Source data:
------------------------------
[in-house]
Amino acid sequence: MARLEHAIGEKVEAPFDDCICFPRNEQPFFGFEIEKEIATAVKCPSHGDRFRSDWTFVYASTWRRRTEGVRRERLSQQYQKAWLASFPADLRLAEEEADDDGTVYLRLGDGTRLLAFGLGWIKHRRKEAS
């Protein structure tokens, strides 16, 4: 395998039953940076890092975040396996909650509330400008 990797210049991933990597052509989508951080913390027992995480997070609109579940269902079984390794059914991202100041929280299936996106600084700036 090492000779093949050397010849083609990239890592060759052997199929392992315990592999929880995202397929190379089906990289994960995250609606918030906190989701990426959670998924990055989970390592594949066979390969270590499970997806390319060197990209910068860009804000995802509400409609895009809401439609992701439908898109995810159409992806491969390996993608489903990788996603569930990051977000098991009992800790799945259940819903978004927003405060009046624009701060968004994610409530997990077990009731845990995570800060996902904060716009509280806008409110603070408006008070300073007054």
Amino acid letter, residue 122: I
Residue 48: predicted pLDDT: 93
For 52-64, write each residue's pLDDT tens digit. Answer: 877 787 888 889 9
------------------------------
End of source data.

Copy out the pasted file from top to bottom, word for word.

[in-house]
Amino acid sequence: MARLEHAIGEKVEAPFDDCICFPRNEQPFFGFEIEKEIATAVKCPSHGDRFRSDWTFVYASTWRRRTEGVRRERLSQQYQKAWLASFPADLRLAEEEADDDGTVYLRLGDGTRLLAFGLGWIKHRRKEAS
């Protein structure tokens, strides 16, 4: 395998039953940076890092975040396996909650509330400008 990797210049991933990597052509989508951080913390027992995480997070609109579940269902079984390794059914991202100041929280299936996106600084700036 090492000779093949050397010849083609990239890592060759052997199929392992315990592999929880995202397929190379089906990289994960995250609606918030906190989701990426959670998924990055989970390592594949066979390969270590499970997806390319060197990209910068860009804000995802509400409609895009809401439609992701439908898109995810159409992806491969390996993608489903990788996603569930990051977000098991009992800790799945259940819903978004927003405060009046624009701060968004994610409530997990077990009731845990995570800060996902904060716009509280806008409110603070408006008070300073007054």
Amino acid letter, residue 122: I
Residue 48: predicted pLDDT: 93
For 52-64, write each residue's pLDDT tens digit. Answer: 877 787 888 889 9